The Ecological Systems Theory


The ecological systems theory was developed by Urie Bronfenbrenner. This theory uses different types of relationships and surroundings of a person to help explain their development. It is broken down into different layers of the child's environment which are; the microsystem, the mesosystem, the exosystem and the macrosystem.

The key to this theory is the interactions of structures within a layer and the interaction of structures between layers (Paquette & Ryan, 2001). The theory points out that while relationships close to the child have a direct impact; other outside factors also have a powerful impact on their development.

The Microsystem
According to Bronfenbrenner, the microsystem consists of the activities and interactions in the person's immediate surroundings (Berk, 2007, p.24). Structures inside this system include family, neighbourhood, or childcare environments.

The relationships inside the microsystem have bi-directional influences, in that they impact in two directions, both away and toward the child. A good example of this is with parents. In this situation the child has an influence on the parents and the parents have an influence on the child (Paquette & Ryan, 2001).

Berk (2007) notes that other individuals in the microsystem affect the quality of the two-person relationship, such mutual support between two parents in child-rearing roles.


The Mesosystem
Bronfenbrenner classifies the mesosystem as the connecting of the structures of the microsystem (Berk, 2007, p.24). The child's environment links the child with its immediate surroundings. An example of the mesosystem is the fact that a child's education and learning not only depends upon the teachers' knowledge, but also the parents of the child, as they have an equal responsibility to assist the child in learning and education. Parents have the role of supporting the child with their education as learning, education and knowledge must be "carried over into the home" (Berk, 2007, p.24). An adults' relationship as spouses and as parents, depends largely upon the affects of relationship in their workplace.

The Exosystem
Bronfenbrenner describes the exosystem as being, ‘made up of social settings that do not contain the developing person but nevertheless affect experiences in their immediate settings’ (Berk, 2007, p.25). The exosystem is the outer shell surrounding both the mesosystem and the microsystem. Exosystems can support both formal and informal environments. The formal surroundings include organisations such as child welfare services and the adult's workplace. An example of this would be the adults' workplace (job), that paid maternity leave, had flexible work schedules, sick leave, etc. This would help parents and guardians with children as it would cater for and allow parents to care for their children, for example, when they are ill. "Indirectly, it would enhance the development of both adult and child" (Berk, 2007, p.25). The informal part of the exosystem is that children can be "affected by their parents' social networks" (Berk, 2007, p.25), for example, friends and extended family. Research validates the fact that parents and guardians who may be unemployed, have few or no family or friends "show increased rates of conflict and child abuse" (Berk, 2007, p.25).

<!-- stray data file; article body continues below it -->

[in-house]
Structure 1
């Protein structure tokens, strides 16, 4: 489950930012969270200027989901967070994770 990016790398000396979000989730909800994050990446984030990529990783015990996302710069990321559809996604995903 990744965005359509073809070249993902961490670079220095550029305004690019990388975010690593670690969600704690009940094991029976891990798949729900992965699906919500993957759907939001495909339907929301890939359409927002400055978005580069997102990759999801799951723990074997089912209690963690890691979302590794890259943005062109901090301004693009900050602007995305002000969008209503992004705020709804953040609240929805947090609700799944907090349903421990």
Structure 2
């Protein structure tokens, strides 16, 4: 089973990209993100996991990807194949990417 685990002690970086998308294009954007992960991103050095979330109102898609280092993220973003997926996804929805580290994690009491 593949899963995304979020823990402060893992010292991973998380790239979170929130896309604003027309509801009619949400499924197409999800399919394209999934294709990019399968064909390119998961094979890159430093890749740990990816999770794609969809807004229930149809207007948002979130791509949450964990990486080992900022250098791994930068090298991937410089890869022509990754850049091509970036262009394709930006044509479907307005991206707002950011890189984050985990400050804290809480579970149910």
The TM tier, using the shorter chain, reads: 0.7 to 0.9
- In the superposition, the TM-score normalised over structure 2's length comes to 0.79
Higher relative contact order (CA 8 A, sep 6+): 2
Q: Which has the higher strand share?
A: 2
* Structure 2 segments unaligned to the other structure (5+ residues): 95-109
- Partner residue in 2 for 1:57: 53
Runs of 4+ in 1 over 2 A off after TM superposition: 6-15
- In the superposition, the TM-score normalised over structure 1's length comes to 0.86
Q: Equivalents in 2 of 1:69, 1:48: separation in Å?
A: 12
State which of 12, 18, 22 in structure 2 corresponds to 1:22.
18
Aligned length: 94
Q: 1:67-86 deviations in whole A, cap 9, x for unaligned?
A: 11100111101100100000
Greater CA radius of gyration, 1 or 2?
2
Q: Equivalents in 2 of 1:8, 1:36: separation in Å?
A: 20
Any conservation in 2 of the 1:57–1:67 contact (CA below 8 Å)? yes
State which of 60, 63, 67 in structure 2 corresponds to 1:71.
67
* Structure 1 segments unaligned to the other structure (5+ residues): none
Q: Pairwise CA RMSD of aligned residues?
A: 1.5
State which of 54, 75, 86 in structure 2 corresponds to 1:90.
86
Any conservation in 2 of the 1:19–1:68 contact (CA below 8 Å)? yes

The Macrosystem
The macrosystem is the outside level of Bronfenbrennor’s structure. This level does not contain a particular subject, rather a variety of influences such as laws, customs, resources and cultural values. The influences (e.g. child and parents) in the inner levels of the exosystem, are affected by the support of the macrosystem. Therefore, the exosystem, mesosystem and the microsystem are all affected by the macrosystem. For example: a child born into a strong Christian family will be strongly influenced by their parents, (mesosystem), who would have been influenced by their parents (exosystem), who would have been influenced by the Christian vales and customs passed on through the family’s generations (macrosystem). This shows how the macrosystem can have an indirect yet still significant influence on the child. (Berk, 2007, p.25).

How the system changes
Bronfenbrenner believes that the ecological system is an active system, which is constantly developing. The size of an individual’s microsystem changes every time they obtain or let go of life roles or surroundings. These changes are crucial to the child’s development. For example: starting school, getting married, starting a first job, having children, moving house/countries, getting divorced, retiring. This form is known as the chronosystem (chrono meaning ‘time’). Life changes are enforced from external environments, however, these changes can also occur from inside the individual. This is because humans are able to choose, alter and construct several of their own settings and understandings. The way in which this occurs is affected by the person’s age, their environment prospects, behaviour, and physical and logical characteristics. As a result, in the ecological systems theory, an individual’s development is not determined by environmental factors or internal character. People are products and creators of their own environments. Therefore, both people and their surroundings form a system of mutually dependent effects.
(Berk, 2007, p.25).

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